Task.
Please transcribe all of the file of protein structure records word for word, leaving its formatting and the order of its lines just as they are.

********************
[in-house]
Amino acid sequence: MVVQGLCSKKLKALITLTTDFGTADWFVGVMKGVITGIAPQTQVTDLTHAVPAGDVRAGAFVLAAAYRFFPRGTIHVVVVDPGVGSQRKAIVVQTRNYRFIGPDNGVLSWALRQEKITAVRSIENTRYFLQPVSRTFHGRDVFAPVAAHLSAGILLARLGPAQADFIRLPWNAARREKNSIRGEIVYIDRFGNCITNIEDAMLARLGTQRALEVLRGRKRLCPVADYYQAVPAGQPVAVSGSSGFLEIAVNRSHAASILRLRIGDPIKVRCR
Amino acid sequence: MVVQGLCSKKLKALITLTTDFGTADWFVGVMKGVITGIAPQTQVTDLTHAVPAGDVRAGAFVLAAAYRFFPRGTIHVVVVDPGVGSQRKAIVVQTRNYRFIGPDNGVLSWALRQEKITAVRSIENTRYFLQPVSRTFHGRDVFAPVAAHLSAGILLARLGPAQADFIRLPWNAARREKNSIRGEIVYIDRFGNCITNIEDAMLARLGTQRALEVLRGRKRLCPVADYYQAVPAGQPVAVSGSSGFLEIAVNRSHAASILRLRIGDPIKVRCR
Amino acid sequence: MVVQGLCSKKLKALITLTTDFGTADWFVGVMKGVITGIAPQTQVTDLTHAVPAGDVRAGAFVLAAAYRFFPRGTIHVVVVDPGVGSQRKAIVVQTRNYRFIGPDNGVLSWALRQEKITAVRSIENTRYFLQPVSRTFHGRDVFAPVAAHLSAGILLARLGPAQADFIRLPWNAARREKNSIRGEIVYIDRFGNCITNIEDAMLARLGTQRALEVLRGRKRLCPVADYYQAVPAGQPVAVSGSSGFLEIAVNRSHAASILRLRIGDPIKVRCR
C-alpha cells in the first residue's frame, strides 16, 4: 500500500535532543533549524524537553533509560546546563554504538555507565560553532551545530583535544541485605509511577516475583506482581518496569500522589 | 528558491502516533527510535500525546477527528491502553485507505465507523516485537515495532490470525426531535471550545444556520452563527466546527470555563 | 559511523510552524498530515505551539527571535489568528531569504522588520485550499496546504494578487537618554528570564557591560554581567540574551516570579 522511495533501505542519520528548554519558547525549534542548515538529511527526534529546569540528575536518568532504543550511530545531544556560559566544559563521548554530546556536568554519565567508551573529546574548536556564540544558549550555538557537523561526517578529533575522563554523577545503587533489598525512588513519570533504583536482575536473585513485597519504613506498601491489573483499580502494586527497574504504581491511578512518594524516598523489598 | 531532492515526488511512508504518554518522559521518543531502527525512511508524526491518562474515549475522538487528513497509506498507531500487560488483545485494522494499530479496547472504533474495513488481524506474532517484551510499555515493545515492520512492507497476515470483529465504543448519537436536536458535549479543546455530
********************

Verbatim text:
[in-house]
Amino acid sequence: MVVQGLCSKKLKALITLTTDFGTADWFVGVMKGVITGIAPQTQVTDLTHAVPAGDVRAGAFVLAAAYRFFPRGTIHVVVVDPGVGSQRKAIVVQTRNYRFIGPDNGVLSWALRQEKITAVRSIENTRYFLQPVSRTFHGRDVFAPVAAHLSAGILLARLGPAQADFIRLPWNAARREKNSIRGEIVYIDRFGNCITNIEDAMLARLGTQRALEVLRGRKRLCPVADYYQAVPAGQPVAVSGSSGFLEIAVNRSHAASILRLRIGDPIKVRCR
Amino acid sequence: MVVQGLCSKKLKALITLTTDFGTADWFVGVMKGVITGIAPQTQVTDLTHAVPAGDVRAGAFVLAAAYRFFPRGTIHVVVVDPGVGSQRKAIVVQTRNYRFIGPDNGVLSWALRQEKITAVRSIENTRYFLQPVSRTFHGRDVFAPVAAHLSAGILLARLGPAQADFIRLPWNAARREKNSIRGEIVYIDRFGNCITNIEDAMLARLGTQRALEVLRGRKRLCPVADYYQAVPAGQPVAVSGSSGFLEIAVNRSHAASILRLRIGDPIKVRCR
Amino acid sequence: MVVQGLCSKKLKALITLTTDFGTADWFVGVMKGVITGIAPQTQVTDLTHAVPAGDVRAGAFVLAAAYRFFPRGTIHVVVVDPGVGSQRKAIVVQTRNYRFIGPDNGVLSWALRQEKITAVRSIENTRYFLQPVSRTFHGRDVFAPVAAHLSAGILLARLGPAQADFIRLPWNAARREKNSIRGEIVYIDRFGNCITNIEDAMLARLGTQRALEVLRGRKRLCPVADYYQAVPAGQPVAVSGSSGFLEIAVNRSHAASILRLRIGDPIKVRCR
C-alpha cells in the first residue's frame, strides 16, 4: 500500500535532543533549524524537553533509560546546563554504538555507565560553532551545530583535544541485605509511577516475583506482581518496569500522589 | 528558491502516533527510535500525546477527528491502553485507505465507523516485537515495532490470525426531535471550545444556520452563527466546527470555563 | 559511523510552524498530515505551539527571535489568528531569504522588520485550499496546504494578487537618554528570564557591560554581567540574551516570579 522511495533501505542519520528548554519558547525549534542548515538529511527526534529546569540528575536518568532504543550511530545531544556560559566544559563521548554530546556536568554519565567508551573529546574548536556564540544558549550555538557537523561526517578529533575522563554523577545503587533489598525512588513519570533504583536482575536473585513485597519504613506498601491489573483499580502494586527497574504504581491511578512518594524516598523489598 | 531532492515526488511512508504518554518522559521518543531502527525512511508524526491518562474515549475522538487528513497509506498507531500487560488483545485494522494499530479496547472504533474495513488481524506474532517484551510499555515493545515492520512492507497476515470483529465504543448519537436536536458535549479543546455530